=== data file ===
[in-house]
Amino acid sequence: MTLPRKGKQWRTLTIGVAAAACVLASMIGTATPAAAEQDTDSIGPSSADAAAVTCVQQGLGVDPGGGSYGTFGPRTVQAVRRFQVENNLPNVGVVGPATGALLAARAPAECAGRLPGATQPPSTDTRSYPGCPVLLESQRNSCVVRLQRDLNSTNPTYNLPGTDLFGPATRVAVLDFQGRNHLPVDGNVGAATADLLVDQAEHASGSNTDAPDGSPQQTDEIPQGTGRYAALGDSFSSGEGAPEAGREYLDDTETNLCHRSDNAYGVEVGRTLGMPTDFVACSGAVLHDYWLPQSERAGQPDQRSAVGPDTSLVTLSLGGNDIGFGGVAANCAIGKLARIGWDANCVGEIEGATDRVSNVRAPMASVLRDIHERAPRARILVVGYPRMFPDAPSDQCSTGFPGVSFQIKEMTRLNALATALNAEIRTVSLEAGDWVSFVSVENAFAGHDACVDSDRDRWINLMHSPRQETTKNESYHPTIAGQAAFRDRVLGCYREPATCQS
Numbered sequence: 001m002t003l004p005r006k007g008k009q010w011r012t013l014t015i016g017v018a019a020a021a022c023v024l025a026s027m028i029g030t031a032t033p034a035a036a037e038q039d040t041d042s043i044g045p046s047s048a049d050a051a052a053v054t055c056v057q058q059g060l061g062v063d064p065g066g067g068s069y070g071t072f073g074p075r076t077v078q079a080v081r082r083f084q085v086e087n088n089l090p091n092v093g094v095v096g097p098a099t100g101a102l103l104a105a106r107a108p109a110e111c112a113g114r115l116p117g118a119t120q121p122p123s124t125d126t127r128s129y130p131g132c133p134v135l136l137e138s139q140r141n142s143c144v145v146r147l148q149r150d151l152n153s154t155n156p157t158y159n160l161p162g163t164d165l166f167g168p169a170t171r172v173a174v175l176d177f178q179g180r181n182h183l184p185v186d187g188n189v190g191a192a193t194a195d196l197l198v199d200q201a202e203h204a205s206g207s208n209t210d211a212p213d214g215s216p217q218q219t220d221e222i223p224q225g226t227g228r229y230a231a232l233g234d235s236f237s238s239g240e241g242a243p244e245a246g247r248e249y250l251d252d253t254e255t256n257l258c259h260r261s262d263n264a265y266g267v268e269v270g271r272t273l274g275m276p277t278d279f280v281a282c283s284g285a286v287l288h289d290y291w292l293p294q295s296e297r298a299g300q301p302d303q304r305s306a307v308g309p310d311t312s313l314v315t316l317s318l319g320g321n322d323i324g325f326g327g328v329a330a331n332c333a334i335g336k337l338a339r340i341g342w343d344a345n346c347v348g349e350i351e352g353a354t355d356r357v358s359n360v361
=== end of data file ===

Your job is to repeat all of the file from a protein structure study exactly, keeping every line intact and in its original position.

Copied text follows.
[in-house]
Amino acid sequence: MTLPRKGKQWRTLTIGVAAAACVLASMIGTATPAAAEQDTDSIGPSSADAAAVTCVQQGLGVDPGGGSYGTFGPRTVQAVRRFQVENNLPNVGVVGPATGALLAARAPAECAGRLPGATQPPSTDTRSYPGCPVLLESQRNSCVVRLQRDLNSTNPTYNLPGTDLFGPATRVAVLDFQGRNHLPVDGNVGAATADLLVDQAEHASGSNTDAPDGSPQQTDEIPQGTGRYAALGDSFSSGEGAPEAGREYLDDTETNLCHRSDNAYGVEVGRTLGMPTDFVACSGAVLHDYWLPQSERAGQPDQRSAVGPDTSLVTLSLGGNDIGFGGVAANCAIGKLARIGWDANCVGEIEGATDRVSNVRAPMASVLRDIHERAPRARILVVGYPRMFPDAPSDQCSTGFPGVSFQIKEMTRLNALATALNAEIRTVSLEAGDWVSFVSVENAFAGHDACVDSDRDRWINLMHSPRQETTKNESYHPTIAGQAAFRDRVLGCYREPATCQS
Numbered sequence: 001m002t003l004p005r006k007g008k009q010w011r012t013l014t015i016g017v018a019a020a021a022c023v024l025a026s027m028i029g030t031a032t033p034a035a036a037e038q039d040t041d042s043i044g045p046s047s048a049d050a051a052a053v054t055c056v057q058q059g060l061g062v063d064p065g066g067g068s069y070g071t072f073g074p075r076t077v078q079a080v081r082r083f084q085v086e087n088n089l090p091n092v093g094v095v096g097p098a099t100g101a102l103l104a105a106r107a108p109a110e111c112a113g114r115l116p117g118a119t120q121p122p123s124t125d126t127r128s129y130p131g132c133p134v135l136l137e138s139q140r141n142s143c144v145v146r147l148q149r150d151l152n153s154t155n156p157t158y159n160l161p162g163t164d165l166f167g168p169a170t171r172v173a174v175l176d177f178q179g180r181n182h183l184p185v186d187g188n189v190g191a192a193t194a195d196l197l198v199d200q201a202e203h204a205s206g207s208n209t210d211a212p213d214g215s216p217q218q219t220d221e222i223p224q225g226t227g228r229y230a231a232l233g234d235s236f237s238s239g240e241g242a243p244e245a246g247r248e249y250l251d252d253t254e255t256n257l258c259h260r261s262d263n264a265y266g267v268e269v270g271r272t273l274g275m276p277t278d279f280v281a282c283s284g285a286v287l288h289d290y291w292l293p294q295s296e297r298a299g300q301p302d303q304r305s306a307v308g309p310d311t312s313l314v315t316l317s318l319g320g321n322d323i324g325f326g327g328v329a330a331n332c333a334i335g336k337l338a339r340i341g342w343d344a345n346c347v348g349e350i351e352g353a354t355d356r357v358s359n360v361